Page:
I’m perpetually on a diet. I can hear the collective gasping right now, the indignant “girl! You’re supposed to be LIBERATED from that shit! Go get yourself some cake, aight?” This is not a vanity diet. Okay, yes it is. It sort of is, but honestly, not really, because powerlifting is one of those sports that has weight classes. I’m short and genetically not predisposed to be all that meaty–both parents are trim. So I don’t struggle like some do to maintain a certain body weight, which is good, because my weight class is the 114 lb one, and I need to make that weight on July 14th. I currently fluctuate anywhere between 109 and 113 lb. 113 after a cheat meal, which I will elaborate on in a bit here. This isn’t a diet targeting “those ten pounds holding you back from strutting your stuff that new bikini! Flaunt it!” or whatever.
That said, I spent years embroiled in an eating disorder/skinny as hell, so I know what it is to take a “diet” to extremes. Ask someone who’s had an eating disorder how they got over it, and I’ll bet you that even if they say they did–even if they explain how they “recovered”–a part of their mind is forever tuned into the feedback loop that is an eating disorder. Life after an eating disorder is just that: life after a screwed-up way of eaten or not eating. The screwed-up eating or not eating changes how you think of, respond to, use food. You can’t totally escape the knowledge of how to starve yourself down to nothing, or the knowledge of how to motivate yourself to do so. So how do you keep going, every day, eating, knowing what you eat has certain causal relationships to the shape of your body? You use it. That’s what I’ve done, anyway. Having an eating disorder and trying to work through it forces you to be damned honest with yourself and damned aware of your body all the time. This comes in quite handy for strength training, and strength training is a good outlet for this hyperawareness. It is not entirely uncommon for women who have recovered from eating disorders to get into weight training. It’s a healthier way to manage a mind that can’t “un-know” the hell, anxiety, and regiment of an eating disorder, particularly anorexia.
I’d say I worked may way to a tennuous recovery from eating disorders, particularly anorexia, when I was 21 or 22 (I’m now 26). About 13 or 14 months ago I was 20 lb heavier than I am now. On purpose. I was trying to “bulk” as a bodybuilder, so I was lifting like crazy (but not as smartly as I could have been, I later would learn) and eating like crazy. A variety of events between that time period and this one have seen me shed those 20 lb (more, at one point). I really wasn’t too interested in exactly how much I weighed before April of this year. Now I am.
I KNOW my mother is reading this (yes, I know my mother is reading this, hi Mom) and she is not happy. “Oh, you’re watching your weight. This does not bode well,” she’s thinking. Yes, Mom, I am. It’s not for aesthetic reasons, and it’s not because I am using weight control as a way to control the chaos in my life–I use my fist for that now. The guys on the powerlifting team of which I’m working on become a part “diet” too, at least some of them. Indeed, some of us eat very clean–this probably means a low-carbohydrate diet with little to know drinking (drinking is basically the ingestion of… carbs. Yeah, we aren’t carb fans in these parts, I guess). We try to maintain as high a muscle mass and as low a fat mass composition in our bodies as we can. As a chick, this is difficult for me to do, because my body is programmed to use a lot of stuff I eat for fat stores. My hormones and metabolism aren’t thinking “muscle for hunting, bitch!” they’re thinking “babies, bitch! Why aren’t you fertilized? You’re 26. You could die next year out on the savannah. We’re gonna MAKE this HAPPEN.” So I have to eat pretty damned “clean” to make sure I maintain muscle and not fat. It’s hard, but it doesn’t mean I don’t eat. I possibly eat more protein in one sitting than you do in an entire day, depending on what gender you are, what your size is, and whether or not you’re some vegetarian variant. I’m often very full.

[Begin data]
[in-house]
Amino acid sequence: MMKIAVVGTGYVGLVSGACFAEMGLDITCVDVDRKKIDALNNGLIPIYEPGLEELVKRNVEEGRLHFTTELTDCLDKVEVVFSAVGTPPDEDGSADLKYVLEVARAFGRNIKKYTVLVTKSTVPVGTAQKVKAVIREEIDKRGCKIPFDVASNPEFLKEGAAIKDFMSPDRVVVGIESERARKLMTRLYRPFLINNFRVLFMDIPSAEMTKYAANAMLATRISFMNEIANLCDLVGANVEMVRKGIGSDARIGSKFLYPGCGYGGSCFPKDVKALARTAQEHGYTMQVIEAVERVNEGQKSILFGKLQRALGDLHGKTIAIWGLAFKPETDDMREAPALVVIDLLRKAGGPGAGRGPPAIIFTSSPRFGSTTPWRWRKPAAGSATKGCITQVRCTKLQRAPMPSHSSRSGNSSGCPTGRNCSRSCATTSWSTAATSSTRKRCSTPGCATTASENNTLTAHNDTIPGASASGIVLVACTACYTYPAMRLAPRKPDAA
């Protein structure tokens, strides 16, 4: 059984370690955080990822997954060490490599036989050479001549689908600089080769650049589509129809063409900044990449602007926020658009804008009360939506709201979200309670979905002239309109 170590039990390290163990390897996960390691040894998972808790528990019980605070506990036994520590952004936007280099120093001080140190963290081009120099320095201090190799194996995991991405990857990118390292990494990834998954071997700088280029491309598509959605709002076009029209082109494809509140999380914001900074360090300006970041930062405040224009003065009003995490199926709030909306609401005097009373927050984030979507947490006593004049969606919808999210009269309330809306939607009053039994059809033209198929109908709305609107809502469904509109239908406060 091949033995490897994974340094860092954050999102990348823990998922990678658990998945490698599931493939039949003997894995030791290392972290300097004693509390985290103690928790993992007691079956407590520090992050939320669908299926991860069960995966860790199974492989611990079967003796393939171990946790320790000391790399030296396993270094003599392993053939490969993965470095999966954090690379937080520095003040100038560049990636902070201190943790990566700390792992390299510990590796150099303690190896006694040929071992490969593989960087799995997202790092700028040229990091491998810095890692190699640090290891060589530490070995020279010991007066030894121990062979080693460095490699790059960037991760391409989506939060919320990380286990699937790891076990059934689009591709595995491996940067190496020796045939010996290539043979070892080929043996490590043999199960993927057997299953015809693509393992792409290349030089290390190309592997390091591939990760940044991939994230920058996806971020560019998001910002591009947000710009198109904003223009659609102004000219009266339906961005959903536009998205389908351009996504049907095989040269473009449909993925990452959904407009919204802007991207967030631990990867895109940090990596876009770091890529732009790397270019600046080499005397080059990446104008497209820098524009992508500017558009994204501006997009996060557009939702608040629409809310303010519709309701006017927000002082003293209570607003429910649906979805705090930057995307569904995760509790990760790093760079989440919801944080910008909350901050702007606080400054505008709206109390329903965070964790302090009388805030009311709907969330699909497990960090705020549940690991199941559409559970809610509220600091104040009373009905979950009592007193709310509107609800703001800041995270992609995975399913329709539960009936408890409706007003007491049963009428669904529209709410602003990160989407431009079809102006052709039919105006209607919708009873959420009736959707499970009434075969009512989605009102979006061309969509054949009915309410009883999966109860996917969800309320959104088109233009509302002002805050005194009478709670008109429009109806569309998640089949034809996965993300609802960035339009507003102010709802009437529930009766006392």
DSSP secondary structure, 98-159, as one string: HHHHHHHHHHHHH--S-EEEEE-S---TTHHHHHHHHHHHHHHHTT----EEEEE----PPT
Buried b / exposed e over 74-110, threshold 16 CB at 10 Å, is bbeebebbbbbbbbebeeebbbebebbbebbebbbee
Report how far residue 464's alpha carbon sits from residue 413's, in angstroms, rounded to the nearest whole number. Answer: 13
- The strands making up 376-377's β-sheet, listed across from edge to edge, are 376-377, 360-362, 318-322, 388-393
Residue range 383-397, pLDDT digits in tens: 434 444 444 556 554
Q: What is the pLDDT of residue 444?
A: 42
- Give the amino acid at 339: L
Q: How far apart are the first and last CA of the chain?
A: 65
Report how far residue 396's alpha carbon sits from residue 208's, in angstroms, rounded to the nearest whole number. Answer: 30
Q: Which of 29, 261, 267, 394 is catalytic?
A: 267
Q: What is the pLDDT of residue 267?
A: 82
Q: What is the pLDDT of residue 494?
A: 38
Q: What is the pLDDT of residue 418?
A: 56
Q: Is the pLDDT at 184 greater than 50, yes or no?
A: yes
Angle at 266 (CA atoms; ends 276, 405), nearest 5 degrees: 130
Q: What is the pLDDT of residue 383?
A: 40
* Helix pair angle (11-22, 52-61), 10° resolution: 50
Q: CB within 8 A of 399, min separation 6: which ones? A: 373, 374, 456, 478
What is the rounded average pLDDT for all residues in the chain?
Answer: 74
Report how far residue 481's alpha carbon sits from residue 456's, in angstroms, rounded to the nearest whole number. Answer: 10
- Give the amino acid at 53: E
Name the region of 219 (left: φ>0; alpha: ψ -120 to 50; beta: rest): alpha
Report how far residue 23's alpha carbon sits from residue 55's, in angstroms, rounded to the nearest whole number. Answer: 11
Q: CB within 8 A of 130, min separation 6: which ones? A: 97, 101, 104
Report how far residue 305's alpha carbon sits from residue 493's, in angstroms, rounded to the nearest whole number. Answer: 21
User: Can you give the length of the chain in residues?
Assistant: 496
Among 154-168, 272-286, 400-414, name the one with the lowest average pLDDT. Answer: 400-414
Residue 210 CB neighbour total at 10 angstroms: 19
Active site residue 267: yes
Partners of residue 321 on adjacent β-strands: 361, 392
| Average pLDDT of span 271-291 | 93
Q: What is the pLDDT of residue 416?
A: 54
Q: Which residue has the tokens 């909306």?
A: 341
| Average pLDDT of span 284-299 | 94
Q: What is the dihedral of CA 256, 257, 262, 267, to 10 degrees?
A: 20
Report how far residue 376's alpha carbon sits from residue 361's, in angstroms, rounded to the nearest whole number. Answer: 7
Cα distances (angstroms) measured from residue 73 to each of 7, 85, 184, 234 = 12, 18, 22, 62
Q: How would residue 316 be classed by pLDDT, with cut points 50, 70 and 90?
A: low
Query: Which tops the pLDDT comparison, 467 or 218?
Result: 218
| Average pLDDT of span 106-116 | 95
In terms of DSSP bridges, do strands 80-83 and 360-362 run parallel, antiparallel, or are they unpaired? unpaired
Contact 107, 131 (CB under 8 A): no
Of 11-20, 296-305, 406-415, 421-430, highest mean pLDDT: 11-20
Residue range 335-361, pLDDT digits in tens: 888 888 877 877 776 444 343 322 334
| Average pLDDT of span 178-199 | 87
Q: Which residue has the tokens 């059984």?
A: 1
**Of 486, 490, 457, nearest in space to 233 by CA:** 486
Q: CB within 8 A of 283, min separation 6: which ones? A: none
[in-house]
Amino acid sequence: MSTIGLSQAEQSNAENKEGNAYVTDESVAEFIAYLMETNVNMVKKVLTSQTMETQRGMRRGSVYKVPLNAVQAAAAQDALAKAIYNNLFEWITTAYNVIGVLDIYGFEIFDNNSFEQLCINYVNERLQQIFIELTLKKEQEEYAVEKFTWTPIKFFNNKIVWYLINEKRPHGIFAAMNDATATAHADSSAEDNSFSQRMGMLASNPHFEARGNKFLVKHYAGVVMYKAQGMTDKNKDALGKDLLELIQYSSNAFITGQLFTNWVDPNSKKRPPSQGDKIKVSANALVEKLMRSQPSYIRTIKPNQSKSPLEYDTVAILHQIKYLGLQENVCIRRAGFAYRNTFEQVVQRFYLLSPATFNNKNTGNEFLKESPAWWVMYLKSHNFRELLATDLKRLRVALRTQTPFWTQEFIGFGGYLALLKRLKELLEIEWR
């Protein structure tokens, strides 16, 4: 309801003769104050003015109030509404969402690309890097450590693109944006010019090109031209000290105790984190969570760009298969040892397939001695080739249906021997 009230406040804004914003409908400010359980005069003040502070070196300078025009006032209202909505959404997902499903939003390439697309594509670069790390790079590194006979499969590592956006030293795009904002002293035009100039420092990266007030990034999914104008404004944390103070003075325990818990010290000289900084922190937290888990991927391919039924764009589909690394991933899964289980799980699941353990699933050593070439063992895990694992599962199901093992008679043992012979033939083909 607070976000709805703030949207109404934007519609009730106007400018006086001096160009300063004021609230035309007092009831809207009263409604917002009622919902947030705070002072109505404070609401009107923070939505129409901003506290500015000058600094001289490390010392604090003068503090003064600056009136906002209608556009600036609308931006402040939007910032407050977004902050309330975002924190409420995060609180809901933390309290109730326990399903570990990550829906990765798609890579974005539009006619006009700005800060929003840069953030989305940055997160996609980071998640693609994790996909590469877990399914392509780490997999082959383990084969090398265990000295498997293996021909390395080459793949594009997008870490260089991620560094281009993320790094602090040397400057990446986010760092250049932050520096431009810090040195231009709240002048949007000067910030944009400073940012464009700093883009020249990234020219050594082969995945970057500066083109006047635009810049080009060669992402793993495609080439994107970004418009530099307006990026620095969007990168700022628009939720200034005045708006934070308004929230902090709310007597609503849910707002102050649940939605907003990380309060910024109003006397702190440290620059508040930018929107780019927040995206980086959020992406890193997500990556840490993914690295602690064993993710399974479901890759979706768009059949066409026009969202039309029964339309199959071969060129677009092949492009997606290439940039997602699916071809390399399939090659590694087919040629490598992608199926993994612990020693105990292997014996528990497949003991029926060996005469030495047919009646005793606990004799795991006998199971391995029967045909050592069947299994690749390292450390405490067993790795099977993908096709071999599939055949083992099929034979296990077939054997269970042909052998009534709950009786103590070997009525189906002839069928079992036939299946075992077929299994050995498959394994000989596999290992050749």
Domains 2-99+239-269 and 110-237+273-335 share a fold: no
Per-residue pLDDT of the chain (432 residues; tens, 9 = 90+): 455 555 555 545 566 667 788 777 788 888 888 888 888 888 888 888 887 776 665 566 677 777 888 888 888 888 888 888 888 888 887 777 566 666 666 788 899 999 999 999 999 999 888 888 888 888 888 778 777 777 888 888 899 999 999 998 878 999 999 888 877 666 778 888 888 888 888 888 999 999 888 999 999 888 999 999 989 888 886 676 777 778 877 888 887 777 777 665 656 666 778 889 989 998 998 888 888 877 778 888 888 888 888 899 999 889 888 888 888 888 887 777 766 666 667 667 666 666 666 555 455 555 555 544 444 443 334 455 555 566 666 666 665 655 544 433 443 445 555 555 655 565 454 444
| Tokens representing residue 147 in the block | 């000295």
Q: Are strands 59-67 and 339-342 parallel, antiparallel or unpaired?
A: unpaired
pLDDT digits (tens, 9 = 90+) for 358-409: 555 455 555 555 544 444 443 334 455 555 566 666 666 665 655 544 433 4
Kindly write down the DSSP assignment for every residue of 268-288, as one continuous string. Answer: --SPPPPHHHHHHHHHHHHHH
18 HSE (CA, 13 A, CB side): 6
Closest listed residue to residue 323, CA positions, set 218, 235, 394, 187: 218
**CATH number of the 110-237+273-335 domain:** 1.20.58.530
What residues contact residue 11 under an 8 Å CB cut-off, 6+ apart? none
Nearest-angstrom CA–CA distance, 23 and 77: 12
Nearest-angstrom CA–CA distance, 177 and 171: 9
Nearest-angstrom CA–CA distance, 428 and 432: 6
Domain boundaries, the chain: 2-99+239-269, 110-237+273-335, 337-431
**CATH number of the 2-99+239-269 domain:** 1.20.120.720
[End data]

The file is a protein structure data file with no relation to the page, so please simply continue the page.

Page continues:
That said, I get cheat meals. Cheat meals are meals in both the bodybuilding and powerlifting sphere that are “anything goes”–you want a burger, chili, and fries? Rock it. Have dessert afterward. You’ll probably gain two to three pounds from this meal alone, and at least half of that may be water weight (hello, salt intake increase). I got a cheat meal the other night, and it was AWESOME.
I text Kyle with an insistent “I need to have a cheat meal.” I then decide that I want onion rings at all costs. I need some goddamn onion rings. A burger would be okay too. We settled on a local restaurant called The Hamburg Inn and I get my onion rings and a hamburger–the Cali Burger, to be exact, which had avocado on it, which I seem to love in recent months. I get a lot of onion rings and I decimate them. Kyle witnesses this. Kyle orders an ice cream sundae and I, not to be outdone, order one too. Mine is butterscotch-flavored.
See how much butterscotch is in this picture? That is seriously how much was in my sundae. The thing wasn’t even FOOD, it was some sort of syrupy sugarish monstrosity with some ice cream in it. Kyle made his way happily through his chocolate concoction and I stubbornly forged through mine. He and I are both competitive. I finished the sundae with about an inch and a half left–Kyle probably had two inches of sundae sludge at the bottom of his massive glass. So I won. It was an epic cheat meal that had me groaning when I woke up at 2 AM with a solid, slowly churning gut, but it was worth it. And again, I won. Beat me, Kyle. Try it.
And now I’m back to eating chicken, egg whites, greek yogurt, little fruit, very little grain-based carbs, some fat. Repeat. Over and over and over. Until the next cheat meal. Stay tuned.